3 Methods of Communicating with The Hearing Impaired

grandfather reading books to grandchildren on couch

Even without hearing loss, discussions and communication require a great deal of concentration, energy and patience. A loud setting or individuals who talk too rapidly can make communication difficult for anyone, but especially for those with hearing loss or other hearing impairments. This can make things challenging not just for the person with hearing loss but also for their friends and family or even strangers they may need to communicate with. 

Here are some things you can do to help someone with hearing loss communicate with you, whether that person is you or a loved one, friend, colleague or perhaps someone you meet in another setting. Read on to find out more. 

Treat the Communication Like Any Other Conversation 

Overcompensation is a frequent issue while communicating with deaf individuals. Instead of communicating properly, people will just talk loudly. They may have the incorrect impression about lip reading and produce wildly exaggerated enunciations, making lips more difficult to read. They may attempt to avoid using complex terms and dumb down their communication, which may come off as condescending. None of this is helpful to the hearing-impaired person, who just wants to have a normal conversation, order a meal, ask for directions or anything else that those without hearing loss take for granted. 

When you need to communicate with a deaf or hearing-impaired person, you don’t need to get worried about it. Simply relax and approach it like you would any other discussion. Speak properly and without muttering or hiding your lips. The majority of communication is by expression and body language, therefore feel free to utilize natural examples of these to help get your message across more effectively.

Learn How They Like to Communicate 

Everyone is unique and has their own preferences and interests in terms of how they want to interact with others. Before starting a discussion, find out how the hearing-impaired person you are talking to likes to communicate with others. Do they prefer to sign? Can they read lips? What is their level of hearing loss? In other words, make the discussion about them, and let them choose the pace. You’ll be able to make your friend or colleague much more comfortable and enjoy a fun conversation at the same time.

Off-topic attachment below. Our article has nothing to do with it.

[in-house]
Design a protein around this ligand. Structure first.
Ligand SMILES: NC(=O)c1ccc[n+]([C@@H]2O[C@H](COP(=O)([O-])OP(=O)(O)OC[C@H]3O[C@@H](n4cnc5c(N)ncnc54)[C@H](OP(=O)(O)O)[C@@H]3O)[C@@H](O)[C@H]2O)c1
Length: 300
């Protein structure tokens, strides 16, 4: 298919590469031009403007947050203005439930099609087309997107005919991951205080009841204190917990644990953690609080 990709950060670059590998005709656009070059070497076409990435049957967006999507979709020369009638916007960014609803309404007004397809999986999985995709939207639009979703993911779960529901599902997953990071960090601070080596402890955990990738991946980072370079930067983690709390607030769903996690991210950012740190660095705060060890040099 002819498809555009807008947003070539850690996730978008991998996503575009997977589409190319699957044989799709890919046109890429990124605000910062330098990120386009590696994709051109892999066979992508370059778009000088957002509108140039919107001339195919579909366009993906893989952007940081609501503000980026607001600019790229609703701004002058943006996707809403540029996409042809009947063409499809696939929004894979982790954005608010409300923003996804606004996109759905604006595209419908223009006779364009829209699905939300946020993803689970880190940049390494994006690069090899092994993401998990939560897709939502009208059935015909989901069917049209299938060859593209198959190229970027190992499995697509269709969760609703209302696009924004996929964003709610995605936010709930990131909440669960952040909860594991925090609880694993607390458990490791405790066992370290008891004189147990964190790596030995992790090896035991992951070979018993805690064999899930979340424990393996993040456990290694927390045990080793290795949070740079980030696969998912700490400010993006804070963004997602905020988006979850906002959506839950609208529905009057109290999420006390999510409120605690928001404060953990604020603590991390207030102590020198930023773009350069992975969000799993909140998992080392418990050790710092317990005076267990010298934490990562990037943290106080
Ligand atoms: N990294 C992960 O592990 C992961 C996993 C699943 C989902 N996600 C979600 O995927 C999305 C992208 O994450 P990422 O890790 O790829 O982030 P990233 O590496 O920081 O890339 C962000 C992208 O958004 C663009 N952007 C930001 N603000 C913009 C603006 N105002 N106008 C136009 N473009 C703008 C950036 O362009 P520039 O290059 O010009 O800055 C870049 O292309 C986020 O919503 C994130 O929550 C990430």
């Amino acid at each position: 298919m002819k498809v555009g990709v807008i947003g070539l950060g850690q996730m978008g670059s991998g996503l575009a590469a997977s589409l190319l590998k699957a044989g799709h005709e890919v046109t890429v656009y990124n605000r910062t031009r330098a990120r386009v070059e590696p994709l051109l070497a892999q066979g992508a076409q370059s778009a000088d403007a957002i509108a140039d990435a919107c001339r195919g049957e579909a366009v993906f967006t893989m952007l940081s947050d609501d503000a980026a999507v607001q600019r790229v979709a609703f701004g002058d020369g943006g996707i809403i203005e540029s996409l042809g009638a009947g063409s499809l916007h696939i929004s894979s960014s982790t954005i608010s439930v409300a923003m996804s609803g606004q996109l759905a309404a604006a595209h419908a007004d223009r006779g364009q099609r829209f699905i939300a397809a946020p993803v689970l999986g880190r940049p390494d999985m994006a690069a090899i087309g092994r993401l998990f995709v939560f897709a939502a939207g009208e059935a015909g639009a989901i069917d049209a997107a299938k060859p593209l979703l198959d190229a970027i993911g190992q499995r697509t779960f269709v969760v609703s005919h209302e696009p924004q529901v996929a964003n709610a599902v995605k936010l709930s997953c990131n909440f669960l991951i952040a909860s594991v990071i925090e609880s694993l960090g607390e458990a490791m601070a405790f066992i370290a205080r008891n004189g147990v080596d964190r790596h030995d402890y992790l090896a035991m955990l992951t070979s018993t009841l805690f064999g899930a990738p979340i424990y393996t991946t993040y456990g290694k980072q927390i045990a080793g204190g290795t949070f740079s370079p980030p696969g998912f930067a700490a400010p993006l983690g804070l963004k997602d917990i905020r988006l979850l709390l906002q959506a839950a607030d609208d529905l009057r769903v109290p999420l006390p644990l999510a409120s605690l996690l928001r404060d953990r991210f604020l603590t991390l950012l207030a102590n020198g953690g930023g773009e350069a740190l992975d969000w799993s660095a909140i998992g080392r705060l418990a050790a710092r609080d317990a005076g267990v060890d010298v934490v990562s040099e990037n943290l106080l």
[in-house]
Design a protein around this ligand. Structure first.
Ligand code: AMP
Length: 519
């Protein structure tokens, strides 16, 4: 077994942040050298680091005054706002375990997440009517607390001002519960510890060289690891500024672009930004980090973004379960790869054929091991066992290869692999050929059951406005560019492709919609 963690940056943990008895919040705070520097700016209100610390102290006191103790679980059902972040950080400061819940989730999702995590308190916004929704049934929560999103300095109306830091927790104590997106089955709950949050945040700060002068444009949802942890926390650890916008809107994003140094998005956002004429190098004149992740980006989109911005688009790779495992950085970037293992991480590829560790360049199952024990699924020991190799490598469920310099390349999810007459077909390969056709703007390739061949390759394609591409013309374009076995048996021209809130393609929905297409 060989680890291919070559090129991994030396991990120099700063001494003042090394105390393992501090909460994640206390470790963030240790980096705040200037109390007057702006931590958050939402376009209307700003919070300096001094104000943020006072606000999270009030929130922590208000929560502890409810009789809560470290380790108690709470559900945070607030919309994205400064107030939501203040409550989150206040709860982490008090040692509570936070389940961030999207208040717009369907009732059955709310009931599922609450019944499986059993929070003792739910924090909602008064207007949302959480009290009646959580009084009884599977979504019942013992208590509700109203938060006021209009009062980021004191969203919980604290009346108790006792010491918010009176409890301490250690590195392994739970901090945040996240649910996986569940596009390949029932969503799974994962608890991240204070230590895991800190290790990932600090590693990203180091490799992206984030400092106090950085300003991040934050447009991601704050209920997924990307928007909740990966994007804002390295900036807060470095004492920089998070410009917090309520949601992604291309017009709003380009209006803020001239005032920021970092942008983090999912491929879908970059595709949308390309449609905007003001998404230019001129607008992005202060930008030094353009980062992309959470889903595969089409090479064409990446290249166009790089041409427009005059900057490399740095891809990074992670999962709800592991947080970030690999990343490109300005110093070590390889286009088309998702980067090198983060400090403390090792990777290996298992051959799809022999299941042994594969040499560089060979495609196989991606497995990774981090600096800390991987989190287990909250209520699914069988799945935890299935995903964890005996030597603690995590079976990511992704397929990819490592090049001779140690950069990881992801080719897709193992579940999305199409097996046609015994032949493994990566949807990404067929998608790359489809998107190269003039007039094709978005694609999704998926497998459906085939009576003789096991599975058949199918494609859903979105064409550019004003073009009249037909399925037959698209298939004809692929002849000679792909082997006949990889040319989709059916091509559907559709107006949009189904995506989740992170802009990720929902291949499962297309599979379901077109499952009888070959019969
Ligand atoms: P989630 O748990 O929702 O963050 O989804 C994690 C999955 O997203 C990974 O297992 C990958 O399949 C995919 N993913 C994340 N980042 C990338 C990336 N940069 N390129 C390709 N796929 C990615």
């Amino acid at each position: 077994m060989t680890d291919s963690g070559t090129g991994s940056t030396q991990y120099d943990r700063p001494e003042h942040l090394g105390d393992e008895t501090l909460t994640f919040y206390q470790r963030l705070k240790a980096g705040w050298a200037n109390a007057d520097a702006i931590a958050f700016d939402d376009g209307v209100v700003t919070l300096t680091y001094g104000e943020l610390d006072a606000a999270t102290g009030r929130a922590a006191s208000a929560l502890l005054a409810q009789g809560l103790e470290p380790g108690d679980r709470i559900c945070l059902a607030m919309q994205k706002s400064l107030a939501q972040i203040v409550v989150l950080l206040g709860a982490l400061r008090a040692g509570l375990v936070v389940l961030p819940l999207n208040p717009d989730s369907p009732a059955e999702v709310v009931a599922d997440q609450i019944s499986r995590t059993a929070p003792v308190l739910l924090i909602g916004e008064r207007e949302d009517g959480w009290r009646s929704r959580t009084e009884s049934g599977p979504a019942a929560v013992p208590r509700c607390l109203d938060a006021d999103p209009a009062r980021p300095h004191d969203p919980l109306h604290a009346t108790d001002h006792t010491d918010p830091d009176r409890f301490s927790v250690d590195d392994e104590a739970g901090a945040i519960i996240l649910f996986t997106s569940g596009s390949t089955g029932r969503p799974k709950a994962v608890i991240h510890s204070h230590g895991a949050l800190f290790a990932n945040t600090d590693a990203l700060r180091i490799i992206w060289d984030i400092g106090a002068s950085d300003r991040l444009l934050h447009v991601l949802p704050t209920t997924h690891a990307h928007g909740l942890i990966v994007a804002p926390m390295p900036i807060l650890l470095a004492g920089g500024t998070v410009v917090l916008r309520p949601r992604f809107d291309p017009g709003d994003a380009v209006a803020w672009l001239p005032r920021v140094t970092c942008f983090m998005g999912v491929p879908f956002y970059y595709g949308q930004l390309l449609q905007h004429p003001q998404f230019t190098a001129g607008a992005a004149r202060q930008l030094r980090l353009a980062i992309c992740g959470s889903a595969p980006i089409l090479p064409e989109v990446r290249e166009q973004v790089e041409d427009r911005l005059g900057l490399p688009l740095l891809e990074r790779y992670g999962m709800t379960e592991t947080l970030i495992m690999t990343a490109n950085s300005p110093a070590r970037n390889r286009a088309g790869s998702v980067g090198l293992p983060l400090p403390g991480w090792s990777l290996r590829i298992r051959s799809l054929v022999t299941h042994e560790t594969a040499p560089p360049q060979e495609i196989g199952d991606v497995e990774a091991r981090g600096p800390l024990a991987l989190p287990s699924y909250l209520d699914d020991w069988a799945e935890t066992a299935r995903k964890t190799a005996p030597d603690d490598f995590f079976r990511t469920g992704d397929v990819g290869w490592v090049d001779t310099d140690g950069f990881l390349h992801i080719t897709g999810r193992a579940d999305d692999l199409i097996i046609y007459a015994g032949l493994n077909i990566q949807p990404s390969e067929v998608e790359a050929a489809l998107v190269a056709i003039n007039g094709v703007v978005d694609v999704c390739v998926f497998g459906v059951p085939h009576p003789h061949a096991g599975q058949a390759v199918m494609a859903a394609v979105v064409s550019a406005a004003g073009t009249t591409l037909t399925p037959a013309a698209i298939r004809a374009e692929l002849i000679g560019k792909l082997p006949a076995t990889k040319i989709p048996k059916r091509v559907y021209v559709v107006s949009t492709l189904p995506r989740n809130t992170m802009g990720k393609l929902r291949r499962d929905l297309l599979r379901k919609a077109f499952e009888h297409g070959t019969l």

Avoid using jargon, slang or abbreviations as well. While you should not dumb down your speech, keep in mind that deaf individuals have their own language in American sign language.

Keep Things Brief and To the Point

Don’t be afraid to ask the other person whether they could understand what you were saying. Even more essential, don’t be hesitant to ask if there was anything you might have done to make things simpler or better. Everyone is unique, but with numerous discussions and feedback, you should quickly have a solid general sense of which techniques work and which do not.

This is an essential guideline to remember while communicating with anybody. It’s not only talking; it’s about listening to what the other person has to say.

In this vein, it’s also important to choose where you have your discussion carefully. A noisy restaurant or coffee shop will be much harder to communicate in than a quiet office or in a park, for example. If you’re choosing the venue, think about this in advance; it can make all the difference when it comes to good communication with anyone who is hearing impaired. 

Always Speak Face to Face

The most impolite thing a person can do to a deaf or hard-of-hearing person is to turn their face away. It’s impolite in general, but particularly in this situation. This is due to the fact that many deaf individuals would depend on lip-reading to comprehend what is being said to them. By glancing away, you are effectively making it more difficult for them to engage in the discussion.

So, make sure you’re constantly facing the person you’re talking to and don’t shift around too much. Similarly, avoid doing anything that may cause your face to be obscured, such as concealing your lips or wearing certain kinds of clothes. Another useful hint is to keep an eye on your surroundings. Make sure the lighting is bright and even and avoid sitting directly in front of glaring lights. You need to be always seen. 

If you need more advice or if you are hearing impaired and you need to ask questions, make an appointment with the expert audiologists at The Hearing Doctors today at (630) 315-2899.